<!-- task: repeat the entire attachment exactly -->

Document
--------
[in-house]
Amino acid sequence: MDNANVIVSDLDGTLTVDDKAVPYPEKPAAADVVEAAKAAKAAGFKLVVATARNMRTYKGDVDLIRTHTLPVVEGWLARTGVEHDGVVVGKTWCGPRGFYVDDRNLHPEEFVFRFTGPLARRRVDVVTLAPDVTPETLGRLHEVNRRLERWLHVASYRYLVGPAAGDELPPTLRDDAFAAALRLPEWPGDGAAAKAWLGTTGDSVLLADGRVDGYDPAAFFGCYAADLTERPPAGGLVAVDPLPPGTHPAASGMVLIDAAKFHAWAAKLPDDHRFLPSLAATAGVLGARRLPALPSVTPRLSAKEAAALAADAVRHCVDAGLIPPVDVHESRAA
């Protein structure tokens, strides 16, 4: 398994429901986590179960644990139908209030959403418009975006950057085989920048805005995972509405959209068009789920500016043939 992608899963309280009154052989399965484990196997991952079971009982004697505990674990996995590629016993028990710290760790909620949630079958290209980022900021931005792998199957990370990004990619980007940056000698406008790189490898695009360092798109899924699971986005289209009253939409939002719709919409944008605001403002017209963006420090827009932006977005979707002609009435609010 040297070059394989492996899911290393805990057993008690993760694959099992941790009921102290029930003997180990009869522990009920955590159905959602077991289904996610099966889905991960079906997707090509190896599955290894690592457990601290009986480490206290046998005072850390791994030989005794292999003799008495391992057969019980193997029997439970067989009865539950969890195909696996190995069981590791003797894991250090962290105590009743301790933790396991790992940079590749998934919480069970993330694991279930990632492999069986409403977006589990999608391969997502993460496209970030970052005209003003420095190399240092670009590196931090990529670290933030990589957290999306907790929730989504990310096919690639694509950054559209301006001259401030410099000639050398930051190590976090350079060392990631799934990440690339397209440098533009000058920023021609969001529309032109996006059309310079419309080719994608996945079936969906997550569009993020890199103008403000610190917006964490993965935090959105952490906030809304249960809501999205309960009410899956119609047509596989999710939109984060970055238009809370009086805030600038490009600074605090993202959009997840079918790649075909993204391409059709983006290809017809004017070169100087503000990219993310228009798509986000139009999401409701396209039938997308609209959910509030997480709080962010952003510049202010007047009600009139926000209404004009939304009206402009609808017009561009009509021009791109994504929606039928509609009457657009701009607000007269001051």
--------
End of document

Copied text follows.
[in-house]
Amino acid sequence: MDNANVIVSDLDGTLTVDDKAVPYPEKPAAADVVEAAKAAKAAGFKLVVATARNMRTYKGDVDLIRTHTLPVVEGWLARTGVEHDGVVVGKTWCGPRGFYVDDRNLHPEEFVFRFTGPLARRRVDVVTLAPDVTPETLGRLHEVNRRLERWLHVASYRYLVGPAAGDELPPTLRDDAFAAALRLPEWPGDGAAAKAWLGTTGDSVLLADGRVDGYDPAAFFGCYAADLTERPPAGGLVAVDPLPPGTHPAASGMVLIDAAKFHAWAAKLPDDHRFLPSLAATAGVLGARRLPALPSVTPRLSAKEAAALAADAVRHCVDAGLIPPVDVHESRAA
């Protein structure tokens, strides 16, 4: 398994429901986590179960644990139908209030959403418009975006950057085989920048805005995972509405959209068009789920500016043939 992608899963309280009154052989399965484990196997991952079971009982004697505990674990996995590629016993028990710290760790909620949630079958290209980022900021931005792998199957990370990004990619980007940056000698406008790189490898695009360092798109899924699971986005289209009253939409939002719709919409944008605001403002017209963006420090827009932006977005979707002609009435609010 040297070059394989492996899911290393805990057993008690993760694959099992941790009921102290029930003997180990009869522990009920955590159905959602077991289904996610099966889905991960079906997707090509190896599955290894690592457990601290009986480490206290046998005072850390791994030989005794292999003799008495391992057969019980193997029997439970067989009865539950969890195909696996190995069981590791003797894991250090962290105590009743301790933790396991790992940079590749998934919480069970993330694991279930990632492999069986409403977006589990999608391969997502993460496209970030970052005209003003420095190399240092670009590196931090990529670290933030990589957290999306907790929730989504990310096919690639694509950054559209301006001259401030410099000639050398930051190590976090350079060392990631799934990440690339397209440098533009000058920023021609969001529309032109996006059309310079419309080719994608996945079936969906997550569009993020890199103008403000610190917006964490993965935090959105952490906030809304249960809501999205309960009410899956119609047509596989999710939109984060970055238009809370009086805030600038490009600074605090993202959009997840079918790649075909993204391409059709983006290809017809004017070169100087503000990219993310228009798509986000139009999401409701396209039938997308609209959910509030997480709080962010952003510049202010007047009600009139926000209404004009939304009206402009609808017009561009009509021009791109994504929606039928509609009457657009701009607000007269001051």